WIMBLEDON, England—Wearing a backward cap with the brim bent skyward, Nick Kyrgios hit a between-the-legs shot while warming up for the Wimbledon final against Novak Djokovic.
Kyrgios was just getting started. Once play began, he tried an underarm serve. He conjured up a pair on-the-run, back-to-the-net ‘tweeners on consecutive points, one a passing shot, one a lob. And for one full set Sunday, in the biggest match of his life, on one of the most famous courts in the world, at as prestigious tournament as there is, against one of the greatest players in tennis history, Kyrgios played brilliantly.
Oh, did he ever: Seven aces, 14 winners, just four unforced errors. Completely composed. No distractions. Talk about meeting the moment.
“I felt,” Kyrgios would say later, “like I belonged, to be honest.”
For a set, anyway. Then, as so often happens, he allowed little things to bother him. He let his opponent gain the upper hand. He began berating himself. And so, ultimately, Kyrgios saw his early lead vanish in what would become a 4-6, 6-3, 6-4, 7-6 (3) loss to Djokovic at the All England Club.
This was the 32nd Grand Slam final for the top-seeded Djokovic—he’s won 21 such titles, including seven at Wimbledon—and the first for the unseeded Kyrgios.
“You cannot prepare (for a) match against Nick Kyrgios,” said Djokovic’s coach, 2001 Wimbledon champion Goran Ivanisevic. “Nick Kyrgios is a genius, tennis genius.”
The 27-year-old Australian is ranked 40th and hadn’t even been to a major quarterfinal in seven-and-a-half years. Hasn’t won a tour-level title since 2019. But he did not perform that way at the start.
“I felt like the trophy was definitely attainable today,” said Kyrgios, who pounded 30 aces.
He generates as much—OK, let’s be honest, more — attention for his attitude and behavior, on and off the court, as he does for his considerable talent.
Most seriously, word came during Wimbledon that Kyrgios is supposed to be in court back home in Australia next month to face an assault allegation.
He spat in the direction of a heckling spectator during one match this fortnight. He got in trouble for cursing during another—and again on Sunday.
Once his advantage on the scoreboard began to dwindle, and after he lost one return game after being up love-40, and one service game after being up 40-love Kyrgios began talking to the people in his guest box, which included his father and his girlfriend ( but no coach, because he doesn’t have one ). He would yell in that direction. Or motion dismissively. He threw a water bottle.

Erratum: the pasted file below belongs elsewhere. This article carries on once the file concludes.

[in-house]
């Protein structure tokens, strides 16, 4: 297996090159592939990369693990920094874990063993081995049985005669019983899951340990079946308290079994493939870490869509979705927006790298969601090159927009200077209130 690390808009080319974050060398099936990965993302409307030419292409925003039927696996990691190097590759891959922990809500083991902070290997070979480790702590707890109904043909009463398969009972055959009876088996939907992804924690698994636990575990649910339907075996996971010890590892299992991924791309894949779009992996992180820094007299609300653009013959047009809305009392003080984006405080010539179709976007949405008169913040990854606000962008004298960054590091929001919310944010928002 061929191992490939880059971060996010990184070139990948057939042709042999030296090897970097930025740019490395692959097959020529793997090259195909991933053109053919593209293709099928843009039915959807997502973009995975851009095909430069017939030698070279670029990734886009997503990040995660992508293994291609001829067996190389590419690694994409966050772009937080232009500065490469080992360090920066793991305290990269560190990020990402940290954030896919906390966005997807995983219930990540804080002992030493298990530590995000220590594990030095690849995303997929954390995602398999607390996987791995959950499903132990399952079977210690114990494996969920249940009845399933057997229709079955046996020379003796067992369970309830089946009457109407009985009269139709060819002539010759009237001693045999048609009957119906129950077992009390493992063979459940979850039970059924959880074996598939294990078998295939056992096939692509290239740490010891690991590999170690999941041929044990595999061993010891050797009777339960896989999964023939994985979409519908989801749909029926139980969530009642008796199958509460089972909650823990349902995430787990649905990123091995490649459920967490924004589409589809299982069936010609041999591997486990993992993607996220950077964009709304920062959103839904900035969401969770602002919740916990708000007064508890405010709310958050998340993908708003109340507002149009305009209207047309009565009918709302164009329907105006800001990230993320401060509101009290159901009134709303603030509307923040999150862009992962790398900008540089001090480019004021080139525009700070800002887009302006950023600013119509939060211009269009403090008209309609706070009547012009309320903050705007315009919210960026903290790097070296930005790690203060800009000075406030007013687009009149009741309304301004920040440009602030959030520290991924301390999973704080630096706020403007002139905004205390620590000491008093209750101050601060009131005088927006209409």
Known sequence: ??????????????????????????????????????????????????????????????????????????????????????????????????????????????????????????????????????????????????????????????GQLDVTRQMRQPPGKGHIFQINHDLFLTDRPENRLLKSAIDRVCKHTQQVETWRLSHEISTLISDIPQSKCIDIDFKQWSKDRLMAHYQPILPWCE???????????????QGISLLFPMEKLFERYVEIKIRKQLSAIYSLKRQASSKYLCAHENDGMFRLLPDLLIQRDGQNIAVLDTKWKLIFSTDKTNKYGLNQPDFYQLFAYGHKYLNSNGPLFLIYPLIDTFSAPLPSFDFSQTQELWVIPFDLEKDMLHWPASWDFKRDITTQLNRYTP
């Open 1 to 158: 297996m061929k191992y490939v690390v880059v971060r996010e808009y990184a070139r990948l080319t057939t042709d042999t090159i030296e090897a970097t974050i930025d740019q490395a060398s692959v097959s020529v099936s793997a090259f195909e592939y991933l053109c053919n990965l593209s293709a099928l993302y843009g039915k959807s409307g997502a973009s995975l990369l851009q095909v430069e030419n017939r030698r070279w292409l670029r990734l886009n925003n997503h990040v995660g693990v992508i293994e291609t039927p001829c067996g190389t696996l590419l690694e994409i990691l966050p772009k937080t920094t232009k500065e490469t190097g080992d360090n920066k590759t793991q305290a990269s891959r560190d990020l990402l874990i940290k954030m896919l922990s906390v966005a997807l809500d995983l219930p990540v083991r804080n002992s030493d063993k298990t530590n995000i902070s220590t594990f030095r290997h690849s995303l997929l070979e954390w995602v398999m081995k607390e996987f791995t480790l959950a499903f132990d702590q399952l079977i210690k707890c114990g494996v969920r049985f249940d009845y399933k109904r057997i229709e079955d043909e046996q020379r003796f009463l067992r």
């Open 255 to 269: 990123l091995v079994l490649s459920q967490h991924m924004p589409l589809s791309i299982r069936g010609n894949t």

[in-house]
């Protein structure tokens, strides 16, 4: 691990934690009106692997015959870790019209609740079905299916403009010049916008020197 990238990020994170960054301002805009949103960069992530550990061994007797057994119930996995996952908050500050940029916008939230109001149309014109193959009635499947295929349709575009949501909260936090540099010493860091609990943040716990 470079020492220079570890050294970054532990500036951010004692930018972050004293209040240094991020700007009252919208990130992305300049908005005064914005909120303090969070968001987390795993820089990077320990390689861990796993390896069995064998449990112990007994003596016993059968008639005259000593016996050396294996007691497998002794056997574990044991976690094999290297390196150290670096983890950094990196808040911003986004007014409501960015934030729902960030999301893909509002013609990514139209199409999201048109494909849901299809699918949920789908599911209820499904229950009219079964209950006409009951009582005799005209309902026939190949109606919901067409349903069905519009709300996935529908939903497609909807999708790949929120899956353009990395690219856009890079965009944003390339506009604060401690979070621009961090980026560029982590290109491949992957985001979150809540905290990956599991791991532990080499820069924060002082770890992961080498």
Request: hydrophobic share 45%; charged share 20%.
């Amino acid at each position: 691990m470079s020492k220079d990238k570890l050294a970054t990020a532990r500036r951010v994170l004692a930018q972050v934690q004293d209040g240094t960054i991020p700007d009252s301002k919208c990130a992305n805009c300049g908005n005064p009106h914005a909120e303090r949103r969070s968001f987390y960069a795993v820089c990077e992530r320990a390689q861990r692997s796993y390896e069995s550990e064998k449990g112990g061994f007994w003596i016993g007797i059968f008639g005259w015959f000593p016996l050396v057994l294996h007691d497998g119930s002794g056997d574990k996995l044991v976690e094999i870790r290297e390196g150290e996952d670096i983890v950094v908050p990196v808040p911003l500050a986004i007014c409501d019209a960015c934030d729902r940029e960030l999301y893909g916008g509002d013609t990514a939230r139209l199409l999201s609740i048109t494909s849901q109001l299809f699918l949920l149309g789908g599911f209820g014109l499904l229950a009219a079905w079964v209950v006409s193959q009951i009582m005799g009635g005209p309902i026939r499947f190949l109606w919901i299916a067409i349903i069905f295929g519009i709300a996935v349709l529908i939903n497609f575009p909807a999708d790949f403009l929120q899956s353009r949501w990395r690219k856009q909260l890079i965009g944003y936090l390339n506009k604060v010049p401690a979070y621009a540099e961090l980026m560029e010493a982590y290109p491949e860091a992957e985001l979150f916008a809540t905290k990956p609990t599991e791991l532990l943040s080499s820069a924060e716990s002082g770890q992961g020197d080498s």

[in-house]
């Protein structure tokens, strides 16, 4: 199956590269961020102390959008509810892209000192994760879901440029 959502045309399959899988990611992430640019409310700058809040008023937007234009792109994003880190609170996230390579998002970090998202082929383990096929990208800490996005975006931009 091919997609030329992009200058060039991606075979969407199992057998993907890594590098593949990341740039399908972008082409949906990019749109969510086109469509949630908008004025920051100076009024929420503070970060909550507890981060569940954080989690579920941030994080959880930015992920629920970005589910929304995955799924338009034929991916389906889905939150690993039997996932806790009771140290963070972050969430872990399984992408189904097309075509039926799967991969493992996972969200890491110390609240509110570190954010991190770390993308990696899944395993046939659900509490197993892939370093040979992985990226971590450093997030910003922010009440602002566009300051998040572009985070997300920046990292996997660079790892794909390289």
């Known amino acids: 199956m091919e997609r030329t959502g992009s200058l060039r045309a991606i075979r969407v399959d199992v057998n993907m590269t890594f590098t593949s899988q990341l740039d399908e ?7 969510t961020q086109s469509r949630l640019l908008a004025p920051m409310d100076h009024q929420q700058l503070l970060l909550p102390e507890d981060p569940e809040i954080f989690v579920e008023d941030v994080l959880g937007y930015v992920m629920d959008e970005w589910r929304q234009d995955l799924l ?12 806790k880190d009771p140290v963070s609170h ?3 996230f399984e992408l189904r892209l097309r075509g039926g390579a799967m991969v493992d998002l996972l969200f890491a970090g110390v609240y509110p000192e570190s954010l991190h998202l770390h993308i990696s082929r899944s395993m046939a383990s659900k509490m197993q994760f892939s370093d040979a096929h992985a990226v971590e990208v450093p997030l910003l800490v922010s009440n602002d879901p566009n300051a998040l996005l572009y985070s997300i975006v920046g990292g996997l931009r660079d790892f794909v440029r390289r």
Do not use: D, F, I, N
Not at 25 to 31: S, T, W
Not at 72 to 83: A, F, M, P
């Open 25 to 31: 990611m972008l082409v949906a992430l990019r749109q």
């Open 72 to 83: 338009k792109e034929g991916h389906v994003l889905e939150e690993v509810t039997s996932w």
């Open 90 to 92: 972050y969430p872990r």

The chair umpire heard a lot from Kyrgios, too, such as a complaint that a woman he thought had been drinking was talking to him during the match.
“I mean, look, I’ve been on a couple nights out in my life,” Kyrgios said at his news conference, “and I knew that she had too many.”
There were those who have wondered during his career whether Kyrgios would ever be able to harness his tremendous skills and make it to the final weekend of a major tournament. The ability has long been there; that’s why he was 2-0 against Djokovic before Sunday, and also has victories over Rafael Nadal and Roger Federer.
“Everything is starting to come together for you,” Djokovic told Kyrgios during the trophy ceremony at Centre Court.
“It’s tough to find consolation words after a tough loss like this, but you showed why you deserve to be one of the best players in the world, particularly on this surface,” Djokovic said. “I wish you all the best. I really respect you a lot.”
Kyrgios said he found the past two weeks stressful. The attention—and comments—on social media. And since learning he would be participating in a Grand Slam final after Nadal withdrew Thursday from the semifinals with an abdominal injury, Kyrgios couldn’t sleep at night.
He said about one-and-a-half months ago, he was playing basketball with some pals in Australia and told one of them: “Look, I think I’m going to have some fun and maybe win Wimbledon.”
Came so close.
“I look back at it,” Kyrgios said, “and I’m just like, ‘How am I here?’”
Image credits: AP